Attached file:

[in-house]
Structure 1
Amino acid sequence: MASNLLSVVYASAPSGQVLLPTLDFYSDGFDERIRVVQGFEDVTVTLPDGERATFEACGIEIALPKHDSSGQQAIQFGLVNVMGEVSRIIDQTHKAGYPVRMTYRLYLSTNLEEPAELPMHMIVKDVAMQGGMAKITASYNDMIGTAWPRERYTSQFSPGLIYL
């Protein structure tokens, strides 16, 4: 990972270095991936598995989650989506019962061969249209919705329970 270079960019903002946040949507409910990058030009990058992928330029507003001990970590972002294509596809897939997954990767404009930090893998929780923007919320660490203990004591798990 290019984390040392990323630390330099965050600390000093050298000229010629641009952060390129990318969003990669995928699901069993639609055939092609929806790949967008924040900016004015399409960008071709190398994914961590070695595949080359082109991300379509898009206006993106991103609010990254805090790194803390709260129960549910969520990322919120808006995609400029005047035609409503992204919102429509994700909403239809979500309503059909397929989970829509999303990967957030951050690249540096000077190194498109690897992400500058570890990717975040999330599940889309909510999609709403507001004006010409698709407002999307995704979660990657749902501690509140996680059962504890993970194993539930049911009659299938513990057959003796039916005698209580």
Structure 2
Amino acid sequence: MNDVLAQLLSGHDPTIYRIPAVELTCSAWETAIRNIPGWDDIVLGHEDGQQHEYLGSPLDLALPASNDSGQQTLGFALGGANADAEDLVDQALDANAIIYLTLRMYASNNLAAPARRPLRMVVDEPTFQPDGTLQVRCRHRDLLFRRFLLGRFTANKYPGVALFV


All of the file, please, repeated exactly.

[in-house]
Structure 1
Amino acid sequence: MASNLLSVVYASAPSGQVLLPTLDFYSDGFDERIRVVQGFEDVTVTLPDGERATFEACGIEIALPKHDSSGQQAIQFGLVNVMGEVSRIIDQTHKAGYPVRMTYRLYLSTNLEEPAELPMHMIVKDVAMQGGMAKITASYNDMIGTAWPRERYTSQFSPGLIYL
């Protein structure tokens, strides 16, 4: 990972270095991936598995989650989506019962061969249209919705329970 270079960019903002946040949507409910990058030009990058992928330029507003001990970590972002294509596809897939997954990767404009930090893998929780923007919320660490203990004591798990 290019984390040392990323630390330099965050600390000093050298000229010629641009952060390129990318969003990669995928699901069993639609055939092609929806790949967008924040900016004015399409960008071709190398994914961590070695595949080359082109991300379509898009206006993106991103609010990254805090790194803390709260129960549910969520990322919120808006995609400029005047035609409503992204919102429509994700909403239809979500309503059909397929989970829509999303990967957030951050690249540096000077190194498109690897992400500058570890990717975040999330599940889309909510999609709403507001004006010409698709407002999307995704979660990657749902501690509140996680059962504890993970194993539930049911009659299938513990057959003796039916005698209580």
Structure 2
Amino acid sequence: MNDVLAQLLSGHDPTIYRIPAVELTCSAWETAIRNIPGWDDIVLGHEDGQQHEYLGSPLDLALPASNDSGQQTLGFALGGANADAEDLVDQALDANAIIYLTLRMYASNNLAAPARRPLRMVVDEPTFQPDGTLQVRCRHRDLLFRRFLLGRFTANKYPGVALFV